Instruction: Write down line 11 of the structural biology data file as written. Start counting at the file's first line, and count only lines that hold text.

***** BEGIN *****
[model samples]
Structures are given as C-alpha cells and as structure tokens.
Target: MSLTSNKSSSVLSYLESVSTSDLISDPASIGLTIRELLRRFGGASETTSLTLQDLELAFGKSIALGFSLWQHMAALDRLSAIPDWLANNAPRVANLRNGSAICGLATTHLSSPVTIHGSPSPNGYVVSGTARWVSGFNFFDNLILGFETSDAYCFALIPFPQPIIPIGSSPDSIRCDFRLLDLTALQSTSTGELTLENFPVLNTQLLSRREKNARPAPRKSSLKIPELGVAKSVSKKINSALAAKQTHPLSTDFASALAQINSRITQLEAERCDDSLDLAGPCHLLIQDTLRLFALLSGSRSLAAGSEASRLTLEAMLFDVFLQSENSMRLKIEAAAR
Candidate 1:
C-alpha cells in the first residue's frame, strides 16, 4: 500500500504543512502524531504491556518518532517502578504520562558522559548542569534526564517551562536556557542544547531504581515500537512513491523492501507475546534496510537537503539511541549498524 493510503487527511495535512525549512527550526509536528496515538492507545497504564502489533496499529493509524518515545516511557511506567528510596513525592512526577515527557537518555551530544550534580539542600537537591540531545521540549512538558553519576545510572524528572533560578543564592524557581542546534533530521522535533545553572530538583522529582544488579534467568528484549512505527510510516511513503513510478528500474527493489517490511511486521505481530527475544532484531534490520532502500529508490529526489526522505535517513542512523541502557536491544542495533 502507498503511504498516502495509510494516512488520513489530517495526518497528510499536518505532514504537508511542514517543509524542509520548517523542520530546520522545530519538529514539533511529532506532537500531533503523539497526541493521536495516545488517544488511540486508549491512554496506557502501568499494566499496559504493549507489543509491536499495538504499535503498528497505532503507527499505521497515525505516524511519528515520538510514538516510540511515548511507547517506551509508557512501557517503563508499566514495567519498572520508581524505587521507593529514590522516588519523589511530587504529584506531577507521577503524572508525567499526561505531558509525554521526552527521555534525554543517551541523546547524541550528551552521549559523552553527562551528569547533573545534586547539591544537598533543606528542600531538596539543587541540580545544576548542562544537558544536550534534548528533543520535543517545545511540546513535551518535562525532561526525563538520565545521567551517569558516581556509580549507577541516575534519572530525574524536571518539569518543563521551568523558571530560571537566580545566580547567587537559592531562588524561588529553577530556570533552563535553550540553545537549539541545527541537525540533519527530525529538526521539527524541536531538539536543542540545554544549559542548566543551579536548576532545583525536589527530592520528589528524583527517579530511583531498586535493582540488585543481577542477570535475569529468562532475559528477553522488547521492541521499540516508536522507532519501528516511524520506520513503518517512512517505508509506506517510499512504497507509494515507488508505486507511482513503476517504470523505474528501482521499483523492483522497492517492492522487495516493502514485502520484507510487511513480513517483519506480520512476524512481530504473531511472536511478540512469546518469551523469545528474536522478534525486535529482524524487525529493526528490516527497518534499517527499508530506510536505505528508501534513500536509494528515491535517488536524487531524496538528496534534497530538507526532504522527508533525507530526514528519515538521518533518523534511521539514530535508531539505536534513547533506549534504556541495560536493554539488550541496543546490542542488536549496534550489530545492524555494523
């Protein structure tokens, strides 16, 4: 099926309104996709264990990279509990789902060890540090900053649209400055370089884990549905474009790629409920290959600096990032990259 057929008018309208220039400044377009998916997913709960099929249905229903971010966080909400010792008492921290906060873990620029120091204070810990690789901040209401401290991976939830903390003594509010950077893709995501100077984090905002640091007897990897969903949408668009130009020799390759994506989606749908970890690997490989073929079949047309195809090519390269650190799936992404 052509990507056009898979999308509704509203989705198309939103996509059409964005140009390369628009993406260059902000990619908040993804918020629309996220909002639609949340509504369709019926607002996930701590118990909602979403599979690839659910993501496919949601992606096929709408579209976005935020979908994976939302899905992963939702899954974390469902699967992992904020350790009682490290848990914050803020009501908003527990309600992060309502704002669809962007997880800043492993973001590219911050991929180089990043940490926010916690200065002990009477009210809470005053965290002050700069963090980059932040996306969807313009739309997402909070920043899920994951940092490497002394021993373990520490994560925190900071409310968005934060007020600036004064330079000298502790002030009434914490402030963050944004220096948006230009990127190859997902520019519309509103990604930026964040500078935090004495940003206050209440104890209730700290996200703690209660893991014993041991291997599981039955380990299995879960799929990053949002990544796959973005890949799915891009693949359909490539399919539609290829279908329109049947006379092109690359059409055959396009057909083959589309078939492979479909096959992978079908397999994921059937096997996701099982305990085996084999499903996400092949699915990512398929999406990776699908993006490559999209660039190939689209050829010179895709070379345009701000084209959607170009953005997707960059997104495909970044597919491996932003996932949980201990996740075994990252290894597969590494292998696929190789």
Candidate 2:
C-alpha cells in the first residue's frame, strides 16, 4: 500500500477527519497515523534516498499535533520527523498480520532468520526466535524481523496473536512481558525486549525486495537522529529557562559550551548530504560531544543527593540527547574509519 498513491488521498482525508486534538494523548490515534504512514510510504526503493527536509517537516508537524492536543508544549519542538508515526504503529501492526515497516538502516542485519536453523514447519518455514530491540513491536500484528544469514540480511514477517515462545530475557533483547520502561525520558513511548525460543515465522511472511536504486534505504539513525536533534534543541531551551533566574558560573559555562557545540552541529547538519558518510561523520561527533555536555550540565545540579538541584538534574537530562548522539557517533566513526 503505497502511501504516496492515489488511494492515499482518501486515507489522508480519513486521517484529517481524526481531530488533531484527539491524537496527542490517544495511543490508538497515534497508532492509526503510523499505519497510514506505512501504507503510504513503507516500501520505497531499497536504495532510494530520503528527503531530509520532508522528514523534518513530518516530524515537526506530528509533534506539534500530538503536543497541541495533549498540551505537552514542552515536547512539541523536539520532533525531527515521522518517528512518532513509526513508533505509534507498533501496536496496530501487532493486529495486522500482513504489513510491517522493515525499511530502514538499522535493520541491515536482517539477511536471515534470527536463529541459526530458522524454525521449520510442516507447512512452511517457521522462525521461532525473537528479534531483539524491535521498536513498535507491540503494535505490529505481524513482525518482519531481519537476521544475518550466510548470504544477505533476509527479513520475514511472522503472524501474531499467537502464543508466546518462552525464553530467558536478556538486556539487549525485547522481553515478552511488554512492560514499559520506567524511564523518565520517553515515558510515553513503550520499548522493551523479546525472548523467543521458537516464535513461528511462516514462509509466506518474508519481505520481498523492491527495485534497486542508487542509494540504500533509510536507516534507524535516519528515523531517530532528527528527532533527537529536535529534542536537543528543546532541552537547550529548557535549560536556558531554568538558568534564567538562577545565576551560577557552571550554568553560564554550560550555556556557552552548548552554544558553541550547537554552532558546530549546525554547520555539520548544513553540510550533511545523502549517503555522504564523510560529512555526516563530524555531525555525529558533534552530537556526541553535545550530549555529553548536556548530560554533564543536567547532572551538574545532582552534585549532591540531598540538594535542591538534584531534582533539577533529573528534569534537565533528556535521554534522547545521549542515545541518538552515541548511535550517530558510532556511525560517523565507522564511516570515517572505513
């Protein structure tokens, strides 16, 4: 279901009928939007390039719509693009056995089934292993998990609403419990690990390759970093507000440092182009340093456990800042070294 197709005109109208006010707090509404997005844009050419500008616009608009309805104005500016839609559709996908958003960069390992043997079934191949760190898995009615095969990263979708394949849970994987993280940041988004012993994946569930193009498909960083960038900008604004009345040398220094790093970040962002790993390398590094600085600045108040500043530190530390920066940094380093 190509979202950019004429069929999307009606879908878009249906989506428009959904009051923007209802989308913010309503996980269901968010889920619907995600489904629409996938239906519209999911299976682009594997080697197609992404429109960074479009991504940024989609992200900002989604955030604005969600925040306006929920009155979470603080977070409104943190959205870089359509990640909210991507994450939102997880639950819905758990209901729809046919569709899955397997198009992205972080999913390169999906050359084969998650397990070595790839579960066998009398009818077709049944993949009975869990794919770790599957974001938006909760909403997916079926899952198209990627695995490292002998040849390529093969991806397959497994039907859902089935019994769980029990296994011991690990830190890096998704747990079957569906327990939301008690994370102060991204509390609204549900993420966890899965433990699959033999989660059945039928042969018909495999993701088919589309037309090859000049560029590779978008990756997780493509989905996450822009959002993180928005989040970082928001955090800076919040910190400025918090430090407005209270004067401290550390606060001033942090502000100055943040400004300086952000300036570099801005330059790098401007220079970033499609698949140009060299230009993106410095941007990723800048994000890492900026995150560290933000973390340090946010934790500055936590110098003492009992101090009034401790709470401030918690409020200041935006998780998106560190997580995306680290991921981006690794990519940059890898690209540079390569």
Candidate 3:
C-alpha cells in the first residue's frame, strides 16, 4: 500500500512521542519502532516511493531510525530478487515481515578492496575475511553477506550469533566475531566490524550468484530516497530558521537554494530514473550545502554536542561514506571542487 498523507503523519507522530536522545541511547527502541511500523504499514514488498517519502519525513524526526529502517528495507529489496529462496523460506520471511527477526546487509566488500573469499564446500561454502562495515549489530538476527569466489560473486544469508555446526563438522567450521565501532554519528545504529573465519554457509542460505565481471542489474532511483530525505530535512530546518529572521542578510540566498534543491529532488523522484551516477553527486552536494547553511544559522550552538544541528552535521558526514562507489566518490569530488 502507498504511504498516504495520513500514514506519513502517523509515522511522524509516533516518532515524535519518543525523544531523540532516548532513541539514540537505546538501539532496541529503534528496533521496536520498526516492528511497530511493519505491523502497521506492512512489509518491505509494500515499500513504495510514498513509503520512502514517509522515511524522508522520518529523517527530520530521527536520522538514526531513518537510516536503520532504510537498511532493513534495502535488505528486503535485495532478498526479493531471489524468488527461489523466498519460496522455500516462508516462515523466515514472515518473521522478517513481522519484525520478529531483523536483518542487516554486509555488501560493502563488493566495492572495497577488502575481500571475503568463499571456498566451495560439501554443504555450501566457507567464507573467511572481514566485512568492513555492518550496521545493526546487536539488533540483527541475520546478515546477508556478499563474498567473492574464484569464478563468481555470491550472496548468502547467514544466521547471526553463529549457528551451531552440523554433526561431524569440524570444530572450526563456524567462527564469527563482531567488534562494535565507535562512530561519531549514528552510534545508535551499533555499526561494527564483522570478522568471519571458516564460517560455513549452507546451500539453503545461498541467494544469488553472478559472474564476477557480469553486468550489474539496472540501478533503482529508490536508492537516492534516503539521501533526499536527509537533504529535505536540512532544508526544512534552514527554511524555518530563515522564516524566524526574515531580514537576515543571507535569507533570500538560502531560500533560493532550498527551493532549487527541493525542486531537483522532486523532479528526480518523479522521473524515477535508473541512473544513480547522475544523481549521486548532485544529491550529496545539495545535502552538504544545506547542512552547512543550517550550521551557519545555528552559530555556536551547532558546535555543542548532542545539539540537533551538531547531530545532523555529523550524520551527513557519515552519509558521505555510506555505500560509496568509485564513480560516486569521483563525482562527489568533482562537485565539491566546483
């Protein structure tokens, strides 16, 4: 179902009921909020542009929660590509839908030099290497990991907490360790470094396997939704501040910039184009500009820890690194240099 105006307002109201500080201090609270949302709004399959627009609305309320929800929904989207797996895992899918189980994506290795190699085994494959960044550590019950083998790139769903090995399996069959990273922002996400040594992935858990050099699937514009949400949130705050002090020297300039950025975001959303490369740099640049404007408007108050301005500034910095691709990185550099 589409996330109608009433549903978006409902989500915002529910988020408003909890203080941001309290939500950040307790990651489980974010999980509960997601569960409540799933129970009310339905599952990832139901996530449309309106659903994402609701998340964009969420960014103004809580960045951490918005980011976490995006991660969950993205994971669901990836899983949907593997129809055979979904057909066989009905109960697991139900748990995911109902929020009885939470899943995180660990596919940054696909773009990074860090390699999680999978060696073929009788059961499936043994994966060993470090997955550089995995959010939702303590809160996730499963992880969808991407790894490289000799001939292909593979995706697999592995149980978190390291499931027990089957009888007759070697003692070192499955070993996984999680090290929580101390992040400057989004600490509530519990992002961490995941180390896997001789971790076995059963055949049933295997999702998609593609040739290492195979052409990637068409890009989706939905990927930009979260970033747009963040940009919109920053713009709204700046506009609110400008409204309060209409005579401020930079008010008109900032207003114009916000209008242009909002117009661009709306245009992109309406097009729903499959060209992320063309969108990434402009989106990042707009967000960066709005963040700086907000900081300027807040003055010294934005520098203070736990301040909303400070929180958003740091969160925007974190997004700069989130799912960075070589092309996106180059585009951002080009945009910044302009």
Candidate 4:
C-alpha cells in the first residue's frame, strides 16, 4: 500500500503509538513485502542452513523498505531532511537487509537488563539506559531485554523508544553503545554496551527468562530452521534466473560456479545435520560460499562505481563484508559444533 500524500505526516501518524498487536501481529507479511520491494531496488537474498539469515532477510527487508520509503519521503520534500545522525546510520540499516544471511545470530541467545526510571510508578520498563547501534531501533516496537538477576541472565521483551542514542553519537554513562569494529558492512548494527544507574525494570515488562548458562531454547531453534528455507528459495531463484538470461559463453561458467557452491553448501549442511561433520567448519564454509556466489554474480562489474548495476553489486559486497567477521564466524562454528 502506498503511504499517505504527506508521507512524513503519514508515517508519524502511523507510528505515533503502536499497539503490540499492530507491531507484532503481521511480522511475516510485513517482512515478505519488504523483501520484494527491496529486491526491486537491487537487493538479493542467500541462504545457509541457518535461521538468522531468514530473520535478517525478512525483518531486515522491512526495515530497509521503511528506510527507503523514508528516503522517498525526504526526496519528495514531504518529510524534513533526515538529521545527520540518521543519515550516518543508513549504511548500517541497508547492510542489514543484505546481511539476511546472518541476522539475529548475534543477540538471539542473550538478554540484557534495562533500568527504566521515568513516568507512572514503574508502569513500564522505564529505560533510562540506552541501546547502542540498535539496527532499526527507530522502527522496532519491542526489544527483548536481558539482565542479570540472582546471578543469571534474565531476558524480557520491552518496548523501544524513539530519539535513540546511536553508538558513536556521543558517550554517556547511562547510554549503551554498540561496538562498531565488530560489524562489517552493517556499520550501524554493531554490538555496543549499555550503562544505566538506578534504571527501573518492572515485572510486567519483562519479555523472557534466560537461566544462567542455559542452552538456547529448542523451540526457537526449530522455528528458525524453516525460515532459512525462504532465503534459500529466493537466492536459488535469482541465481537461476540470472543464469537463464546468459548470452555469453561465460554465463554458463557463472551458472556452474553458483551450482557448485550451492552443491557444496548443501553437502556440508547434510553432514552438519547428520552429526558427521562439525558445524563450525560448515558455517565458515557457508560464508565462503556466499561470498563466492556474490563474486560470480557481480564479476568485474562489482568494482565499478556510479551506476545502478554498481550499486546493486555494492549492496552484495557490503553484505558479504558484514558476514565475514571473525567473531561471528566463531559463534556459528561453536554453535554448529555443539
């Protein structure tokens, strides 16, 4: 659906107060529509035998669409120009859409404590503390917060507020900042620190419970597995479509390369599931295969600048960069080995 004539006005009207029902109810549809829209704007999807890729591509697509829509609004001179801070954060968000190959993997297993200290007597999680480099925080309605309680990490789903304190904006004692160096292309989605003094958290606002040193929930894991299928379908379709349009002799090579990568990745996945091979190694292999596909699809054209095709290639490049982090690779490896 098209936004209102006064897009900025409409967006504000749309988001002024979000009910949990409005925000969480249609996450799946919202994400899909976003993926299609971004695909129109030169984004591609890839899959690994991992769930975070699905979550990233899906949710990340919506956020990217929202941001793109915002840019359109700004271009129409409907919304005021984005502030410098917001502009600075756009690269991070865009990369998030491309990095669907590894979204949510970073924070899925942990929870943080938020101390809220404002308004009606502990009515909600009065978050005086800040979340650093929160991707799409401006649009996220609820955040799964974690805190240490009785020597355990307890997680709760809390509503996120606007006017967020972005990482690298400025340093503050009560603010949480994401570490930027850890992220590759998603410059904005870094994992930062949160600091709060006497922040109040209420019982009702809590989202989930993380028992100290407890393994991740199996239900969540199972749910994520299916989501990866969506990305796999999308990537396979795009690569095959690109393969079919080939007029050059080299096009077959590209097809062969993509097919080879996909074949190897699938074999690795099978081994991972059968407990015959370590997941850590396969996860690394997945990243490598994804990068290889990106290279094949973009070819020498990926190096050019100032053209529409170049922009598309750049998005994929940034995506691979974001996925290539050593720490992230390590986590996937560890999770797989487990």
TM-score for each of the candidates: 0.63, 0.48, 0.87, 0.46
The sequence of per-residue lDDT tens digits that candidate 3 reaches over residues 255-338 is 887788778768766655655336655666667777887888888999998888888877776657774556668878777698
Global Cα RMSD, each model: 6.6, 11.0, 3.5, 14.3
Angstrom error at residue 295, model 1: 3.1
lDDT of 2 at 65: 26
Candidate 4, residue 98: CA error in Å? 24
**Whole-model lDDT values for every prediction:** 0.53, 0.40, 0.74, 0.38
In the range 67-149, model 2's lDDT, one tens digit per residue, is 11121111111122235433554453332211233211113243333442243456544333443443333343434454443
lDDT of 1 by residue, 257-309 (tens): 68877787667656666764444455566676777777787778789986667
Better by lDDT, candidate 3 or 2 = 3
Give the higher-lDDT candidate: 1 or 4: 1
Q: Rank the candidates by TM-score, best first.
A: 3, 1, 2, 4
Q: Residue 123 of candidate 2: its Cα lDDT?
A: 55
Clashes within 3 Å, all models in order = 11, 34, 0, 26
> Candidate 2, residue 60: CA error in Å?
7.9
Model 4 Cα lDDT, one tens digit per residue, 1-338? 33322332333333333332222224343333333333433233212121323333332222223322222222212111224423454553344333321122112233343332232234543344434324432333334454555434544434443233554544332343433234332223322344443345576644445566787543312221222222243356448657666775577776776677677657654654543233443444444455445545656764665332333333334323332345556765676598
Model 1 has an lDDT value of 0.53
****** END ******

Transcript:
C-alpha cells in the first residue's frame, strides 16, 4: 500500500512521542519502532516511493531510525530478487515481515578492496575475511553477506550469533566475531566490524550468484530516497530558521537554494530514473550545502554536542561514506571542487 498523507503523519507522530536522545541511547527502541511500523504499514514488498517519502519525513524526526529502517528495507529489496529462496523460506520471511527477526546487509566488500573469499564446500561454502562495515549489530538476527569466489560473486544469508555446526563438522567450521565501532554519528545504529573465519554457509542460505565481471542489474532511483530525505530535512530546518529572521542578510540566498534543491529532488523522484551516477553527486552536494547553511544559522550552538544541528552535521558526514562507489566518490569530488 502507498504511504498516504495520513500514514506519513502517523509515522511522524509516533516518532515524535519518543525523544531523540532516548532513541539514540537505546538501539532496541529503534528496533521496536520498526516492528511497530511493519505491523502497521506492512512489509518491505509494500515499500513504495510514498513509503520512502514517509522515511524522508522520518529523517527530520530521527536520522538514526531513518537510516536503520532504510537498511532493513534495502535488505528486503535485495532478498526479493531471489524468488527461489523466498519460496522455500516462508516462515523466515514472515518473521522478517513481522519484525520478529531483523536483518542487516554486509555488501560493502563488493566495492572495497577488502575481500571475503568463499571456498566451495560439501554443504555450501566457507567464507573467511572481514566485512568492513555492518550496521545493526546487536539488533540483527541475520546478515546477508556478499563474498567473492574464484569464478563468481555470491550472496548468502547467514544466521547471526553463529549457528551451531552440523554433526561431524569440524570444530572450526563456524567462527564469527563482531567488534562494535565507535562512530561519531549514528552510534545508535551499533555499526561494527564483522570478522568471519571458516564460517560455513549452507546451500539453503545461498541467494544469488553472478559472474564476477557480469553486468550489474539496472540501478533503482529508490536508492537516492534516503539521501533526499536527509537533504529535505536540512532544508526544512534552514527554511524555518530563515522564516524566524526574515531580514537576515543571507535569507533570500538560502531560500533560493532550498527551493532549487527541493525542486531537483522532486523532479528526480518523479522521473524515477535508473541512473544513480547522475544523481549521486548532485544529491550529496545539495545535502552538504544545506547542512552547512543550517550550521551557519545555528552559530555556536551547532558546535555543542548532542545539539540537533551538531547531530545532523555529523550524520551527513557519515552519509558521505555510506555505500560509496568509485564513480560516486569521483563525482562527489568533482562537485565539491566546483